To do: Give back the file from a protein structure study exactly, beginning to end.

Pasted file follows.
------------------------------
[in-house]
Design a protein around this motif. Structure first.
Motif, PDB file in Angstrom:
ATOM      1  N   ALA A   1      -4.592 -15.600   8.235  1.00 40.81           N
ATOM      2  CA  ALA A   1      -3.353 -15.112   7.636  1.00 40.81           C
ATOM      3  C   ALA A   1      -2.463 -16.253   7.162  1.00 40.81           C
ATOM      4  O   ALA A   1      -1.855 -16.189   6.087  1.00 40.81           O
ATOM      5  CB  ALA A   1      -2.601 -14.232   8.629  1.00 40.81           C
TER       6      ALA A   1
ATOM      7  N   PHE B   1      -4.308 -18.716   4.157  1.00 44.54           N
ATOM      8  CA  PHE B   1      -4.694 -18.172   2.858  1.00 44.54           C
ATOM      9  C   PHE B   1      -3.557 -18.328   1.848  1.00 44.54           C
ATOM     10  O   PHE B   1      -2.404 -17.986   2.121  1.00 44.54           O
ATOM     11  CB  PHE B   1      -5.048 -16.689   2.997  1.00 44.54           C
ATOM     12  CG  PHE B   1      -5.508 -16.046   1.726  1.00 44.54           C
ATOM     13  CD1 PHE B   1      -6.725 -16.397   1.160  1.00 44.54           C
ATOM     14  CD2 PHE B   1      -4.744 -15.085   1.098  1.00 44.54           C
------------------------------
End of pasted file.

[in-house]
Design a protein around this motif. Structure first.
Motif, PDB file in Angstrom:
ATOM      1  N   ALA A   1      -4.592 -15.600   8.235  1.00 40.81           N
ATOM      2  CA  ALA A   1      -3.353 -15.112   7.636  1.00 40.81           C
ATOM      3  C   ALA A   1      -2.463 -16.253   7.162  1.00 40.81           C
ATOM      4  O   ALA A   1      -1.855 -16.189   6.087  1.00 40.81           O
ATOM      5  CB  ALA A   1      -2.601 -14.232   8.629  1.00 40.81           C
TER       6      ALA A   1
ATOM      7  N   PHE B   1      -4.308 -18.716   4.157  1.00 44.54           N
ATOM      8  CA  PHE B   1      -4.694 -18.172   2.858  1.00 44.54           C
ATOM      9  C   PHE B   1      -3.557 -18.328   1.848  1.00 44.54           C
ATOM     10  O   PHE B   1      -2.404 -17.986   2.121  1.00 44.54           O
ATOM     11  CB  PHE B   1      -5.048 -16.689   2.997  1.00 44.54           C
ATOM     12  CG  PHE B   1      -5.508 -16.046   1.726  1.00 44.54           C
ATOM     13  CD1 PHE B   1      -6.725 -16.397   1.160  1.00 44.54           C
ATOM     14  CD2 PHE B   1      -4.744 -15.085   1.098  1.00 44.54           C